Sixteen people were injured, none of them critically, after a Metropolitan Transportation Authority bus crashed into a rowhouse in Brooklyn on Monday afternoon, officials said.
The bus, traveling on the B49 route, slammed into a building at the corner of Lincoln Road and Bedford Avenue before 2 p.m., officials said. It smashed a hole in the first-floor facade and bent a window pane on the second floor.
The house, located in Prospect Lefferts Gardens’ historic district, was still standing after the crash. Bricks were strewn about the sidewalk in front of the building, which has a doctor’s office on its garden level.
But the bus remained stuck inside the building on Tuesday morning. Officials had hoped to remove it on Monday, but inspectors from the city’s Department of Buildings found that the damage was so severe that it was not yet safe to tow the bus away.
They also found that the building was “no longer safe to occupy,” a spokesman for the buildings department said.
The Fire Department said it would investigate the cause of the crash, but that it did not believe that the bus driver was speeding or that there were mechanical problems.
Craig Cipriano, the president of M.T.A. Bus, which operates the city’s buses, said that the driver, a 55-year-old man, had 13 years experience and no prior collisions.
Andrea Clarke, 60, a neighbor, said that the driver, who has not been identified, told her that his foot had gotten stuck between the brake and the accelerator.
“His hand was bloody, but thank God, he was OK,” Ms. Clarke said, adding that the man was wandering around as if in a daze after the crash. “All he cared about was, was anybody hurt.”
Most of those injured in the crash were able to walk on their own, officials said. Thirteen people were taken to the hospital.
A receptionist at the doctor’s office inside the building said that the office was not hit by the bus, though she did hear the crash. She would not provide further details.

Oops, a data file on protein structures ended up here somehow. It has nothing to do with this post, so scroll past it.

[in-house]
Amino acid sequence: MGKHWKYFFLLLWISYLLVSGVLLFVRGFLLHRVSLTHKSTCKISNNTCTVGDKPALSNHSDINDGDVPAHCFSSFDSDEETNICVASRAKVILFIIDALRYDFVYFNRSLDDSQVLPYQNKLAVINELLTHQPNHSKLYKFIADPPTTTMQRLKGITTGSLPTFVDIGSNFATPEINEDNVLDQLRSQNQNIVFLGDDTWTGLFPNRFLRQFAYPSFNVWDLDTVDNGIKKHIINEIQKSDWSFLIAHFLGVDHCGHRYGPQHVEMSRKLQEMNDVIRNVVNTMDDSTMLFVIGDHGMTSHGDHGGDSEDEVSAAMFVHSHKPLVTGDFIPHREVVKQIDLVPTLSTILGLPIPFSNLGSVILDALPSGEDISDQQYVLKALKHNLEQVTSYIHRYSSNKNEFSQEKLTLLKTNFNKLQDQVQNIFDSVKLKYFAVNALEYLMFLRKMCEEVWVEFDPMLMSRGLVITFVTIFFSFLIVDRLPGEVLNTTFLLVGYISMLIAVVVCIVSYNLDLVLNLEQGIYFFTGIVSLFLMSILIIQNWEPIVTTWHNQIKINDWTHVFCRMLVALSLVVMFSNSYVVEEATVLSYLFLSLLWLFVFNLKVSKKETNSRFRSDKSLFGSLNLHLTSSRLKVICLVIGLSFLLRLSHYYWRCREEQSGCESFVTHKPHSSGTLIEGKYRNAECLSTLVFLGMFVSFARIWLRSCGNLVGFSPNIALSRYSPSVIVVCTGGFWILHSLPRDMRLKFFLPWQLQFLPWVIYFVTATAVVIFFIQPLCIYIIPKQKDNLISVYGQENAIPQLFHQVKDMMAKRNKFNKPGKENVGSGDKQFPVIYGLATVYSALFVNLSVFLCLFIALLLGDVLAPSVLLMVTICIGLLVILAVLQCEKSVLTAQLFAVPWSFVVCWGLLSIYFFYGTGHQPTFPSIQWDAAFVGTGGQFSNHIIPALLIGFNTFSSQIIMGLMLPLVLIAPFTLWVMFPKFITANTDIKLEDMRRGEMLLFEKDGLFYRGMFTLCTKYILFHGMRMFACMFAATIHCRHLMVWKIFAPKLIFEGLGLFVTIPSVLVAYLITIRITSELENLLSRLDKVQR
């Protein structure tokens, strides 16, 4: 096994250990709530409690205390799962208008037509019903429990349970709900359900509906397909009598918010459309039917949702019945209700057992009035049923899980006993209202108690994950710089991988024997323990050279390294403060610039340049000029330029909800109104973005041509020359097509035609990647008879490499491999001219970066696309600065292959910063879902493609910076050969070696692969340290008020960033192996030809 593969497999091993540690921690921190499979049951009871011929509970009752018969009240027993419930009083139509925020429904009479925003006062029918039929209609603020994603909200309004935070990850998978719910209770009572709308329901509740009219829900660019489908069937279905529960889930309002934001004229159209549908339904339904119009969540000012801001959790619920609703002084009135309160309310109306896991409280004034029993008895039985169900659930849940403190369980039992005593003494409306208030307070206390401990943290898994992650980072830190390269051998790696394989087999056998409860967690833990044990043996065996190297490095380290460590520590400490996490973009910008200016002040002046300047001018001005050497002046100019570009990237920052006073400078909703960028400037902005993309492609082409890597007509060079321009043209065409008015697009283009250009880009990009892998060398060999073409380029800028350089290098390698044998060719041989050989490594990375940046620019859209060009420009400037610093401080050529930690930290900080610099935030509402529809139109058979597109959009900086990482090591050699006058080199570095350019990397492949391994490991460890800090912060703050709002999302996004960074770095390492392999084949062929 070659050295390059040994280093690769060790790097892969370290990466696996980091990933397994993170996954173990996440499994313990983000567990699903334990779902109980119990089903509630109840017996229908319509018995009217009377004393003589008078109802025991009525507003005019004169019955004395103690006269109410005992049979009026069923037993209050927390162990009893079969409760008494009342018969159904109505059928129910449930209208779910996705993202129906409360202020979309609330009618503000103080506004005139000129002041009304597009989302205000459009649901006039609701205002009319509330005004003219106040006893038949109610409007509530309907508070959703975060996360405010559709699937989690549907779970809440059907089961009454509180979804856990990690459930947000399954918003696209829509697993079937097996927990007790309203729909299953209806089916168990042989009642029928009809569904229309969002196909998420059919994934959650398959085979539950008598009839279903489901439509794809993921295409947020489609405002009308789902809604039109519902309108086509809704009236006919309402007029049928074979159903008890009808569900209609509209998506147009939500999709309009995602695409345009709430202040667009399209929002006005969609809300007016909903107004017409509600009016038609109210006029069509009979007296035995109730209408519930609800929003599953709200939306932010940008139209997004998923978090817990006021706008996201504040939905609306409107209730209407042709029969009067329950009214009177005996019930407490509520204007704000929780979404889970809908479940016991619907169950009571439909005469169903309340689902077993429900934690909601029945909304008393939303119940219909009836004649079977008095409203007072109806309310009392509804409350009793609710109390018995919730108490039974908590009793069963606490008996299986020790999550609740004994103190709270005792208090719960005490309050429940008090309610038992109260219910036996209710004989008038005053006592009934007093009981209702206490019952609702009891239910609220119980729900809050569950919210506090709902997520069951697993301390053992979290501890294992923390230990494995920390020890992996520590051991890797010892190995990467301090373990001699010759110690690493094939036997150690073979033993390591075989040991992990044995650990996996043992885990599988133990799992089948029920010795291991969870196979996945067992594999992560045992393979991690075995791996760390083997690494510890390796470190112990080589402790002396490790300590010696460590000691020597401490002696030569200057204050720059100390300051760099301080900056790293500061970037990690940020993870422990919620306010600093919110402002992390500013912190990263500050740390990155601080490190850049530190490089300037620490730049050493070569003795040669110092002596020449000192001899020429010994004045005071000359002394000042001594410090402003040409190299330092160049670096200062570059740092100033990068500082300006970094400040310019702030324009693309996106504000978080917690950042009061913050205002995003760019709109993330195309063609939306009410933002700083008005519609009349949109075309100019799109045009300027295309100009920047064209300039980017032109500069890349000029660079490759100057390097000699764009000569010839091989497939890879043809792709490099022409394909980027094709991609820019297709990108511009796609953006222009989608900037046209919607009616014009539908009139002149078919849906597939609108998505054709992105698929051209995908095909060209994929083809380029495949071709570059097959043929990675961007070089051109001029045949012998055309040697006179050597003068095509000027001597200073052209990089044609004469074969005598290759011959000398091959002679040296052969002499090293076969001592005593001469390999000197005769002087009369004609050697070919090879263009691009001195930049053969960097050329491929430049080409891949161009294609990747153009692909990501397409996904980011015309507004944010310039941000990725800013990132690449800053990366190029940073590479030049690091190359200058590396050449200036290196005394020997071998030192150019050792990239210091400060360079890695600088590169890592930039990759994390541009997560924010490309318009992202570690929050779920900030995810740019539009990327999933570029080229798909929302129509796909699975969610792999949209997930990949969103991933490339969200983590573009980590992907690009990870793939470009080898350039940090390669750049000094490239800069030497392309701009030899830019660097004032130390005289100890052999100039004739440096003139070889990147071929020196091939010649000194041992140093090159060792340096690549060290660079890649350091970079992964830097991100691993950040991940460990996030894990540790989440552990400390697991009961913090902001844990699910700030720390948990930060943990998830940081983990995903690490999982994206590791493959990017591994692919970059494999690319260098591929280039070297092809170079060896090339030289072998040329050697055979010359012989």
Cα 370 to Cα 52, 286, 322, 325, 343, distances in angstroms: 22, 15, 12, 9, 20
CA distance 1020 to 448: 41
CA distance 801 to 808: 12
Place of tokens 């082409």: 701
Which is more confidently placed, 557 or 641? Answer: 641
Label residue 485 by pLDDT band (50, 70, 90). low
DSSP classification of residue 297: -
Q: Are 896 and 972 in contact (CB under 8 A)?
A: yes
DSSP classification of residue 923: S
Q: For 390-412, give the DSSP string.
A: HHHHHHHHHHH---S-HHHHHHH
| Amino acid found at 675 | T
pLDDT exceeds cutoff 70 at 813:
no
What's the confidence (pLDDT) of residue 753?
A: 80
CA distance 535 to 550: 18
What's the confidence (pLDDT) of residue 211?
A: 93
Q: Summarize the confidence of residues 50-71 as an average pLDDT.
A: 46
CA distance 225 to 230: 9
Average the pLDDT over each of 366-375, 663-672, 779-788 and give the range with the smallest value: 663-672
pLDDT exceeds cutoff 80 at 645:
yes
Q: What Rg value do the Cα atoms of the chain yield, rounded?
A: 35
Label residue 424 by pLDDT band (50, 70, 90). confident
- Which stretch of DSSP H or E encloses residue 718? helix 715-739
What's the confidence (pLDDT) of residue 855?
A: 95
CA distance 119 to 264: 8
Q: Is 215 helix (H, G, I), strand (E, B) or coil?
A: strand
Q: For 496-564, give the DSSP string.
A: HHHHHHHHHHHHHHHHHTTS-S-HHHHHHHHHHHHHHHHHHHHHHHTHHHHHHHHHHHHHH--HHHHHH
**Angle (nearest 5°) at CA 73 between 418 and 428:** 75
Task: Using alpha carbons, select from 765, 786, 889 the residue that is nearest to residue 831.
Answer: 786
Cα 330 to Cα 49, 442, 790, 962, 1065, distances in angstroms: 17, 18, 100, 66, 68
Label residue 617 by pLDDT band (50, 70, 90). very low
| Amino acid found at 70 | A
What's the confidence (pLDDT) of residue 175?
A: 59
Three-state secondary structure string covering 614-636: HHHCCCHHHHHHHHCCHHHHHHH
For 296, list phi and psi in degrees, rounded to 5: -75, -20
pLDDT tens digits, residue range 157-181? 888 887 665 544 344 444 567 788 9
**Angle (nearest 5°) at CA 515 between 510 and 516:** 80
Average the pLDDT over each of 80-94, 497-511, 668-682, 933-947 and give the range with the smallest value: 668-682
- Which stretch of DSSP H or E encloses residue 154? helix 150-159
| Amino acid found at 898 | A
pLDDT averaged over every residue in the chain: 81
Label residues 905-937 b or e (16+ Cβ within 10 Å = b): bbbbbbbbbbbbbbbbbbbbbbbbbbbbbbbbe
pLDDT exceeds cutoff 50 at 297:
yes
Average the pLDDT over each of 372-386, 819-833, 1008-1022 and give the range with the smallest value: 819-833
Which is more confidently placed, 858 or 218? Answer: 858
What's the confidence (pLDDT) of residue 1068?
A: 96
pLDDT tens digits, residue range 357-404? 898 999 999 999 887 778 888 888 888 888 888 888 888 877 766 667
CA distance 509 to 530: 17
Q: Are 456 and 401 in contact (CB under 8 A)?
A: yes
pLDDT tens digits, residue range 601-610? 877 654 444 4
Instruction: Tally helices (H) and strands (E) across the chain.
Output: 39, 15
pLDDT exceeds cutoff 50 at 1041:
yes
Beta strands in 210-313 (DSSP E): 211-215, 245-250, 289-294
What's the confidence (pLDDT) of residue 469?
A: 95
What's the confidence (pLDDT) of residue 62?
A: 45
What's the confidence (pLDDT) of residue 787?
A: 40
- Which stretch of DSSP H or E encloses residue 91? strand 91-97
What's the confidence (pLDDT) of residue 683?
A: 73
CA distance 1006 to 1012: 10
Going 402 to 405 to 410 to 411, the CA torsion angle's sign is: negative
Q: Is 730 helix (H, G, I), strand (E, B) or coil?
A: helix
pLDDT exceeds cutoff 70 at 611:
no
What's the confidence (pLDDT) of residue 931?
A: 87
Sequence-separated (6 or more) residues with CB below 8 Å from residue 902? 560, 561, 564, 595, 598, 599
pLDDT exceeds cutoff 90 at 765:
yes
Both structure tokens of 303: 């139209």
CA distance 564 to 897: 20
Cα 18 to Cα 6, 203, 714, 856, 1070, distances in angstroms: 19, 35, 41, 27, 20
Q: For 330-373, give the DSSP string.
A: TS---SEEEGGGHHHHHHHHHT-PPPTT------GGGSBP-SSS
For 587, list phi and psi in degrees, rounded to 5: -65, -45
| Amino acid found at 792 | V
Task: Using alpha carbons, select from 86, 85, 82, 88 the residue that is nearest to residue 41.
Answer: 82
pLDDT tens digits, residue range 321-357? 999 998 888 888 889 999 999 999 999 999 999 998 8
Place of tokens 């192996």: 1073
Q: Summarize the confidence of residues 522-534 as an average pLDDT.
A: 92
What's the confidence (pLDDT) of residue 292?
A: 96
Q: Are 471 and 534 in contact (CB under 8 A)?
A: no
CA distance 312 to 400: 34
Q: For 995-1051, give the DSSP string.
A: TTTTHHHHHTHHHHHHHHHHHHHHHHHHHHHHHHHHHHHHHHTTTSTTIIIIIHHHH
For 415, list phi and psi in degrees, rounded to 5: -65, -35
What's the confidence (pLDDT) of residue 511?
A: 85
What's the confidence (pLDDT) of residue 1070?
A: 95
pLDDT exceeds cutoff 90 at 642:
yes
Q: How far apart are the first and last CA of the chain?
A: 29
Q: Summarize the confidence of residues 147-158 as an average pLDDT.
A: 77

Officials did not say how many people were inside the office at the time of the crash.
Neighbors said they believed that the doctor was also the building’s owner, who could not be reached for comment.
A tenant who was inside the building at the time said that they heard loud screeching, then felt a rumble and heard a huge crunch when the bus made impact.
“Like metal bursting through stone and brick,” said the tenant, Elena, 33, who declined to provide their last name.
Rose Fleischer-Black, 16, said that the top of the bus appeared to be smoking after the crash. She lives two houses down and was studying for an exam when the incident took place.
“I came outside, and I was like, ‘Oh, there’s a bus there,’” she said.
Ms. Clarke, who has lived across the street from the house for years, said that it was not the first time that a collision had taken place at the intersection.
About 20 years ago, she said, a car hit the same building.
“This corner is insane,” Ms. Clarke said. “People always try to make this light — we’ve had serious accidents on this corner.”
City records show that the house is part of a historic district that was landmarked to preserve early 20th-century architecture.
In a report in 1979, the Landmarks Preservation Commission singled out the building for its limestone facade, though the Bedford Avenue side of the house is made of brick.
The buildings department said that it would require emergency work to support the front of the house before the bus could be removed. The tenants, like Elena, were offered emergency relocation assistance.
Diane Bezucha contributed reporting.